Trucks at Work

Decreasing highway deaths via self-driving vehicles?

The rapid and ongoing spike in highway fatalities over the last year – jumping up 9.3% during the first nine months of 2015 alone; some 26,000 deaths compared to 23,796 fatalities over the first nine months of 2014 – seems to be behind the intensifying effort within the U.S. Department of Transportation (DOT) as a whole and the National Highway Traffic Safety Administration (NHTSA) in particular to make self-driving vehicles a reality.

Indeed, NHTSA’s been holding a series of “regional summits” since February across the U.S. (they completed the last of them just last week) to highlight in part that “human factors” contribute to 94% of vehicle crashes.

On a year-over-year basis the numbers are even starker. Preliminary estimates from the National Safety Council (NSC), for one, indicate motor vehicle deaths were 8% higher for the year in 2015 than they were in 2014 – the largest year-over-year percentage increase in 50 years.

NSC estimates 38,300 people were killed on U.S. roads, and 4.4 million were seriously injured, meaning 2015 likely was the deadliest driving year since 2008.

Over the last year at the state level, the NSC estimates Oregon (27%), Georgia (22%), Florida (18%), and South Carolina (16%) all experienced increases in fatalities, while only 13 states showed improvement, among them, New Mexico ( down 20%), Kansas ( down 7%) and New Jersey (down 2%).

So, since humans seem to be the culprit behind the majority of vehicle crashes … why not remove them from the equation? At least, that’s how the thinking seems to going on this issue, from what I can tell.

“We are witnessing a revolution in auto technology that has the potential to save thousands of lives,” noted Transportation Secretary Anthony Foxx in a speech last week. “In order to achieve that potential, we need to establish guidelines for manufacturers that clearly outline how we expect automated vehicles to function – not only safely, but more safely – on our roads.”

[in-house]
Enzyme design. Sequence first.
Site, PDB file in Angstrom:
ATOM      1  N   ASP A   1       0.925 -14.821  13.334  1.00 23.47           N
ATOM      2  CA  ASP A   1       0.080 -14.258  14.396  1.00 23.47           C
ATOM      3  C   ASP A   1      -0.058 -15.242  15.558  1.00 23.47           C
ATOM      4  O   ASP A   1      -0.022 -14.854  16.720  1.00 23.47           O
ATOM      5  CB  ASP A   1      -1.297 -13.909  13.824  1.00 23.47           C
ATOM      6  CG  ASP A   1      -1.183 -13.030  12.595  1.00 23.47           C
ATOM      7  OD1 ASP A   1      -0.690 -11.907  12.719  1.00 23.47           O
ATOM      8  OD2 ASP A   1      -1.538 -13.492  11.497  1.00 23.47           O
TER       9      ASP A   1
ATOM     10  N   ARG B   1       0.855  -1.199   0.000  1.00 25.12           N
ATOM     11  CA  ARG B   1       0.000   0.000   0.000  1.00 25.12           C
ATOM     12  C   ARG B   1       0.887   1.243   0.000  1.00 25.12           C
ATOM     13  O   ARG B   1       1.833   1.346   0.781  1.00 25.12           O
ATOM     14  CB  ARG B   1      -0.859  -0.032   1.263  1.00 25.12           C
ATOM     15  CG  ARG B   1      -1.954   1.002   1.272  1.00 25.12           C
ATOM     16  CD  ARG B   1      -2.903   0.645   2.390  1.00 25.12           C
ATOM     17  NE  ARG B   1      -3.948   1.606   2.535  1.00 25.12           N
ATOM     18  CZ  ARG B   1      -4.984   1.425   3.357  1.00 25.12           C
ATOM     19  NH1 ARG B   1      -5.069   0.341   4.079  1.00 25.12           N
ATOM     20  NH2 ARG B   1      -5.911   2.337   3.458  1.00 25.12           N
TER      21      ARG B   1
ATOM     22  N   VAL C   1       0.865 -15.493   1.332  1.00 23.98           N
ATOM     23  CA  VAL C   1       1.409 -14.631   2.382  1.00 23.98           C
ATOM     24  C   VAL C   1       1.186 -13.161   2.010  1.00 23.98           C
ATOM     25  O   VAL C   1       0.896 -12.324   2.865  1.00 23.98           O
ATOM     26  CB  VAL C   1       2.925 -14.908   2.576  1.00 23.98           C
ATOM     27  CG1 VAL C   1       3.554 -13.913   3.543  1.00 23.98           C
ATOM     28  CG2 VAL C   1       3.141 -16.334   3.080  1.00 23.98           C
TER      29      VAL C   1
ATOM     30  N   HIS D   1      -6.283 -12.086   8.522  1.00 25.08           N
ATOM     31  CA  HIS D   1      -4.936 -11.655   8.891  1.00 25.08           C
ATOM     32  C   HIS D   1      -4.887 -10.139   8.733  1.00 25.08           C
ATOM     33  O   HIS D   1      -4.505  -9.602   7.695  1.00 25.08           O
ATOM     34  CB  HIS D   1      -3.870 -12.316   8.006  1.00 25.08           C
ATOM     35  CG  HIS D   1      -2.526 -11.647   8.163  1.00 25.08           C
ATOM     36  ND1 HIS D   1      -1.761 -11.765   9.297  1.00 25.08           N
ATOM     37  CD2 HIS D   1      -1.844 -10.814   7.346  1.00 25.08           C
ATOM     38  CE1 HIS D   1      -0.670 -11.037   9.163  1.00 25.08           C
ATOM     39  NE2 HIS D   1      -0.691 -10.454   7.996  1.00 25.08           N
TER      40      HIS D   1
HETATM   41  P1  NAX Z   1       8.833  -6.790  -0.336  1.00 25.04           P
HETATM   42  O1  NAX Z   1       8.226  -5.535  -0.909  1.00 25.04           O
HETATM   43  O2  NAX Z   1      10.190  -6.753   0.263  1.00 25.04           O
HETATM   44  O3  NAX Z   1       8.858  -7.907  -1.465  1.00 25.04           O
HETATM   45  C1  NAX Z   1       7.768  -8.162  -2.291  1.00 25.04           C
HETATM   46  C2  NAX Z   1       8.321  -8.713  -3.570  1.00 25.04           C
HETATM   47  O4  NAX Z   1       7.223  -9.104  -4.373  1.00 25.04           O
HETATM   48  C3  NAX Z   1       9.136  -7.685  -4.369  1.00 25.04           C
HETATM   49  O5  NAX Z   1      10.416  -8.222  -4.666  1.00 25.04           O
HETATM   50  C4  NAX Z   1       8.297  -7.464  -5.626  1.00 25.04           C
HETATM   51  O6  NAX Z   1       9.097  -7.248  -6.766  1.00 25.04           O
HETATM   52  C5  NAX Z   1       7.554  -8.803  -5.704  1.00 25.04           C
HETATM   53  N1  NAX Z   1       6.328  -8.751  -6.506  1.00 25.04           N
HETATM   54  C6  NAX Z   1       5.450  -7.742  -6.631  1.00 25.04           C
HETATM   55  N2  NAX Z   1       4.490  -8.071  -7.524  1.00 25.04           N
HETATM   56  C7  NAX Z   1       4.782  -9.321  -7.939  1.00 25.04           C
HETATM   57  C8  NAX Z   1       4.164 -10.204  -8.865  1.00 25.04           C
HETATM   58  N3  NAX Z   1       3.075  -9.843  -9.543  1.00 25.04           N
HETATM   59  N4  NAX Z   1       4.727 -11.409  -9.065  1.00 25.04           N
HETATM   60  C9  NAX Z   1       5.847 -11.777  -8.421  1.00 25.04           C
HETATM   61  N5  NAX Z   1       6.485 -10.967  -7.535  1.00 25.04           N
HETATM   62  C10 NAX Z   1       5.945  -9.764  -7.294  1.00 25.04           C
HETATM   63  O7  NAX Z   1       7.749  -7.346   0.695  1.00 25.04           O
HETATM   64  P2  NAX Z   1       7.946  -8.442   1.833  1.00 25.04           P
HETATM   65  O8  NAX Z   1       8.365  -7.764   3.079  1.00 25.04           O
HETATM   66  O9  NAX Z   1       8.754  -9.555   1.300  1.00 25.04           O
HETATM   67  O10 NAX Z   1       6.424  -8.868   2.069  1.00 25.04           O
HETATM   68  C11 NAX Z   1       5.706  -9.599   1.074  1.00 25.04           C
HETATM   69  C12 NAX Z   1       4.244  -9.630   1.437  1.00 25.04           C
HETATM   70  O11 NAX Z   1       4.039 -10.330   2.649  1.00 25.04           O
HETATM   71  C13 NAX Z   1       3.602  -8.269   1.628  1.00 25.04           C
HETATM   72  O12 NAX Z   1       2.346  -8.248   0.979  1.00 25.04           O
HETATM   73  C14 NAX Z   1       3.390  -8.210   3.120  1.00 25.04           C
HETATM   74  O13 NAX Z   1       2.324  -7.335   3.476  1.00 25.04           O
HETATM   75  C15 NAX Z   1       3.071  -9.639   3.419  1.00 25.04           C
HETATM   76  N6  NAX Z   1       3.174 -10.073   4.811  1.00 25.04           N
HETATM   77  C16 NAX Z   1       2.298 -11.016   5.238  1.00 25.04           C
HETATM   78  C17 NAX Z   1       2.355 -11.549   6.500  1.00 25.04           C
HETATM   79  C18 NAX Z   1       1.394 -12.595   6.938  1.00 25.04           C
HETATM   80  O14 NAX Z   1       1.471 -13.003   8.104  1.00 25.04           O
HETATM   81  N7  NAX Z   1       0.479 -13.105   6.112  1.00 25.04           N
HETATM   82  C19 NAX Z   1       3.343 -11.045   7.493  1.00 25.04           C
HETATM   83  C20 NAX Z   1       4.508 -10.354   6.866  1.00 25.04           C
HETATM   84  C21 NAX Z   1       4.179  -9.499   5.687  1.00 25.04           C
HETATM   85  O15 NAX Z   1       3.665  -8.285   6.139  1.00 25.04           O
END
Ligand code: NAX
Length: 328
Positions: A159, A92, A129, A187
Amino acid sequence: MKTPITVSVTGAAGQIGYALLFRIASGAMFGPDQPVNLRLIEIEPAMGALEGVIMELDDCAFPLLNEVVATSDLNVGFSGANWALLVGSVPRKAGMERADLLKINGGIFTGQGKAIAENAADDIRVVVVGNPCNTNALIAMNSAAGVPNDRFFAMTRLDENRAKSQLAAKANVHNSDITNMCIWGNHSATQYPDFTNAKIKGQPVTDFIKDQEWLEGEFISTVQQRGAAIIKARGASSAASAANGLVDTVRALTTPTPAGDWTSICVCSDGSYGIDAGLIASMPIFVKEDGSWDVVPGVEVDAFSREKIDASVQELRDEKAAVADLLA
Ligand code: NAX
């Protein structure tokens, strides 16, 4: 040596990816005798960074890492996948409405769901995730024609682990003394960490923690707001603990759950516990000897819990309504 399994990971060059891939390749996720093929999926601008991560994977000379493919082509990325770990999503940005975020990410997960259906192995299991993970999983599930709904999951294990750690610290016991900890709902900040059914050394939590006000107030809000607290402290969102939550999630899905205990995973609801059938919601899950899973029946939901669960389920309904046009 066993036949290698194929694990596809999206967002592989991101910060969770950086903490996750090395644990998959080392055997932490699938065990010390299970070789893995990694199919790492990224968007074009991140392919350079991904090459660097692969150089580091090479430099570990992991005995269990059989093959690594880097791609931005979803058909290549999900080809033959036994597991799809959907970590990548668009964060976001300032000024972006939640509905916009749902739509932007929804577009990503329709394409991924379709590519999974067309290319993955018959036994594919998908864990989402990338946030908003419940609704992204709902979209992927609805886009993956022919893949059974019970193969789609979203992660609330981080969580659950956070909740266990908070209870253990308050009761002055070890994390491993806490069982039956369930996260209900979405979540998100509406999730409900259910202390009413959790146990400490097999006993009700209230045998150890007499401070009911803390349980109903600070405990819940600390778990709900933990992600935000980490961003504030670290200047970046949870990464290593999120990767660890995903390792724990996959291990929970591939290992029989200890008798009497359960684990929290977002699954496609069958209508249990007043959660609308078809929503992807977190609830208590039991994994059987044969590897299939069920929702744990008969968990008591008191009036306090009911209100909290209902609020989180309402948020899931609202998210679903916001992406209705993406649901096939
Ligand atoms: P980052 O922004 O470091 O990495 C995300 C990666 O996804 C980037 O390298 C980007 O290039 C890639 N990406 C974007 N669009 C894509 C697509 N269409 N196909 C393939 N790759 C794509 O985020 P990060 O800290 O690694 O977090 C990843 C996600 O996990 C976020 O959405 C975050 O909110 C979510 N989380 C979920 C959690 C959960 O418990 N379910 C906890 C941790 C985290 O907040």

Those “guidelines” are one of five NHTSA initiatives Foxx announced in January that seek to speed up the deployment of autonomous vehicle (AV ) systems. The other four are:

  • A proposal to spend $3.9 billion in federal funds over the next 10 years to spur AV technology initiatives – including large-scale “deployment pilots” of AVs across the country.
  • Developing “model state policy” initiatives that would allow AVs to operate on U.S. roads;
  • Using NHTSA’s existing authority to interpret current regulations, and offer limited exemptions from those regulations, in pursuit of advances that could increase safety.
  • Determining what new regulatory tools and authorities might be required to meet NHTSA’s safety mission in an era of rapidly changing technology.

NHTSA also released a new 148-page report  last week compiled by the Volpe National Transportation Systems Center that insists there are “few existing federal regulatory hurdles” to deployment of AVs with “traditional designs and equipment to accommodate a human driver” but that “greater obstacles” exists for vehicle designs that do NOT offer controls for human drivers, such as a steering wheel or brake pedals.

“The Volpe Center report is a great first look at the current standards,” noted NHTSA Administrator Mark Rosekind in a statement. “It also shows there are few current restrictions on some automated vehicle concepts, which highlights the need to establish clear expectations for their safe operation. At the same time, for other vehicle designs, the agency has more work to do to ensure the safety of new innovations.”

Rosekind added that the fatality means “we’re seeing red flags across the U.S.,” meaning its “time to drive behavioral changes in traffic safety and that means taking on new initiatives [while] addressing persistent issues like drunk driving and failure to wear seat belts.”

NHTSA plans to hold its first public meeting on April 8 to discuss self-driving cars and their potential safety benefits at DOT’s main headquarters in Washington, D.C., with a follow up meeting out in California later on.

Will this light a fire under the already-burgeoning effort to bring self-driving vehicle technology en masse to our highways? We’ll see.

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